You can’t skip a day without coming across these two words: Virtual Reality (VR). It’s in the press, creeping up facebook feeds, being shouted across pubs, and whispered across pillow cases. But is virtual reality just a marketing fad, just how Google glasses were a few years ago?
Like with all event technology, we’re quick to immerse ourselves with new gadgets and gizmos, but the tech means nothing unless 1) there is a purpose 2) work as they’re expected to work and 3) make sense to apply at events (logistically and practically).
With VR, you can get caught up in all the jargon before you even put a headset on… just with the various names of headsets available… Google Cardboard, Oculus Rift, HTC Vive, and so on… Don’t let that put you off… We think of it in two streams… ALQ (Affordable, Low Quality) or EBQ (Expensive, Better Quality).
Those under the affordable mark are your mobile device headsets where you can sit your mobile device into fish lense glasses. The pros are they are readily available, affordable (£15+) and accessible to all. The cons are, the experience is limited to the quality of the video and sound on your mobile display.
What we consider as better quality options are that they are connected to a hard drive which can process video and games at a higher resolution and speed, giving the sense that the user is viewing another dimension in real-time. With that is the possibility of integrating 360 surround sound, which gives the added sound dimension which we experience in real-life.
But what does all this matter?
Going back to the 3 reasons above- Purpose, Application, Expectation, let’s explore this further.
What other better reason than to entertain? VR has the ability to transport anyone to another world whether familiar, foreign or the outright imaginative. You can even have motion sickness if you are riding a roller coaster simulator! Sometimes there doesn’t have be any reason than to make people smile.
It’s taken almost a decade for VR to become practical and affordable to the masses. It used to be that you had to be strapped into a PC with an expensive kit to watch a virtual world in poor video quality. Not anymore! Thankfully, with all the numbers of options to experience VR (as stated above) there are various levels VR can be experienced.
There are various ways you can apply VR at events, below we explore VR as a networking activity, for exhibitions and general session.
One of the most practical applications of VR at events is to use it as an interactive activity during networking breaks. It’s a welcome distraction if your delegates cannot muster another caffeine kick. It’s also a great talking point for your delegates- not only will they praise your event for giving them the chance to try it, but as soon as they’re finished they’ll leave with a smile, wanting others to give it a go. The beauty of VR games these days is that they come a-plenty, and we are able to allow the delegate to choose which experience they want to play. These games/experiences can last up to 2 minutes at a time, making the game experience short but sweet.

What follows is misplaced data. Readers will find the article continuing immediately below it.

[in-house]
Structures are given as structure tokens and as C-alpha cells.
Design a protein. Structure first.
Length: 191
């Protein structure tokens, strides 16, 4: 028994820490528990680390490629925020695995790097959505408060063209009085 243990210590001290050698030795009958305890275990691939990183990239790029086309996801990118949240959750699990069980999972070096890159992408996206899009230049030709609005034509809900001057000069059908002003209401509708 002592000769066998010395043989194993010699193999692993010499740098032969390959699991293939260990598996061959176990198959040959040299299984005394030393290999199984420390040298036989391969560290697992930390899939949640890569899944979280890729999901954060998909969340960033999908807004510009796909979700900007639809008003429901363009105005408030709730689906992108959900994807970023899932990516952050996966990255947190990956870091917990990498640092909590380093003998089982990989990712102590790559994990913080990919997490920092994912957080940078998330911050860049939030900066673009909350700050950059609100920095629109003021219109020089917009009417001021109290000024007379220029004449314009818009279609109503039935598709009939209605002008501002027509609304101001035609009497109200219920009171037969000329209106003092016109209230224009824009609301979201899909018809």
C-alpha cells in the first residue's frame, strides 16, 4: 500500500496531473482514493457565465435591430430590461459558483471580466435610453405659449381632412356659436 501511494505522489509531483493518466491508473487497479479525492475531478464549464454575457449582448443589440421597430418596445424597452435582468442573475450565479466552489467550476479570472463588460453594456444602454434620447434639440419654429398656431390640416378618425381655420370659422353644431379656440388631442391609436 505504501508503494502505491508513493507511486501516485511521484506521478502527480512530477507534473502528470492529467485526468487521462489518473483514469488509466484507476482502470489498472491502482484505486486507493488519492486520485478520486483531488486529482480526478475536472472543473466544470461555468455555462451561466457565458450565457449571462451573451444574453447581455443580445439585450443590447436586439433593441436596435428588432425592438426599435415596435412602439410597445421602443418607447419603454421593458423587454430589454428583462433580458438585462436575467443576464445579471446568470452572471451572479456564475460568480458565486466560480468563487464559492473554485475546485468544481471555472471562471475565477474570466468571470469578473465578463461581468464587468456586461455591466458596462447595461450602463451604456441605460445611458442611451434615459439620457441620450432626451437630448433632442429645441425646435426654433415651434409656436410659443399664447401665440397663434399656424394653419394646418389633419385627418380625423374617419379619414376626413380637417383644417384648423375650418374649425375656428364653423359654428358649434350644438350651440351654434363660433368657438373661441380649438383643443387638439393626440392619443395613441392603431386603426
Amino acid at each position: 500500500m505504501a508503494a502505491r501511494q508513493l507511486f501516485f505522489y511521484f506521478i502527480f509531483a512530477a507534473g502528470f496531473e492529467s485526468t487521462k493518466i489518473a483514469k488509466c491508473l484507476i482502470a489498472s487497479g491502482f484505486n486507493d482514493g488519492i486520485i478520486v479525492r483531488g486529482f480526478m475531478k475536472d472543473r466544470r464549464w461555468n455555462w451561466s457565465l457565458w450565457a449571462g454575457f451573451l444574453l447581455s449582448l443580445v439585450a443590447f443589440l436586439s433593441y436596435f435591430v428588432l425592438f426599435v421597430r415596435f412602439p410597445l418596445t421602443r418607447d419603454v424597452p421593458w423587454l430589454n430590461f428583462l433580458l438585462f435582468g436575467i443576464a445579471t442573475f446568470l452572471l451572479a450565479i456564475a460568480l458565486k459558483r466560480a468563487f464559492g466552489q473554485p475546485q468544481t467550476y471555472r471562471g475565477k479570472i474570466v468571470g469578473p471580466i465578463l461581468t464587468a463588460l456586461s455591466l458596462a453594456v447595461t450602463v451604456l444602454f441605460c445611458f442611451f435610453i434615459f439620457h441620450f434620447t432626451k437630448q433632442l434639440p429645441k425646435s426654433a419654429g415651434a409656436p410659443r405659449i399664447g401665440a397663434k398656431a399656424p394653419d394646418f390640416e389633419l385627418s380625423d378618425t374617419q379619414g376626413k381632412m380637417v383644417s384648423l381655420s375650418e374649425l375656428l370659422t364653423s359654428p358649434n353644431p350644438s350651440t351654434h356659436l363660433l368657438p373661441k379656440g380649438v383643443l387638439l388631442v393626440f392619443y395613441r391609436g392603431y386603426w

For exhibitors, VR is a great tool to showcase products. We have seen clients show at an exhibition how a product works by taking their clients into the product, virtually. By doing so, clients can see the nuts and bolts of the product, the design and the interactivity before they’ve even touched the real thing. The beauty of this is if you have a client who specialises in large-scale production or a service which is based remotely, they can bring a piece of this to the client.
VR is so advanced now that it is possible to integrate it into general sessions. If you have a speaker who has a hectic schedule or is unable to travel, we can now record them in 360 in advance to be enjoyed be all your delegates.
Alternatively, your speakers can use VR as an aid in their presentation. They will be able to transport your guests to another location, the inside of a venue, to a live archaeological site, or eagle-eye view of a landmark to see a space from above.
But that’s just scratching the surface! VR can almost be as good as enhanced real life. Such as a zombie or alien experience set against real walled parameters, such as http://virtuallydead.co.uk/ or https://thevoid.com/. It is possible to create event scenarios that are almost so real-life you are transporting yourself mentally and physically into another life-like world. And that is where we get super excited!
But we could talk about VR all day, because it’s such an exciting space that is constantly developing and with a lot of financial backing and interest thanks to Facebook acquiring Oculus Rift and other big players investing heavily as well. All we can say is, watch this space… and as for virtual reality being a waste of time… having tried and tested it ourselves, we can safely say it is not.
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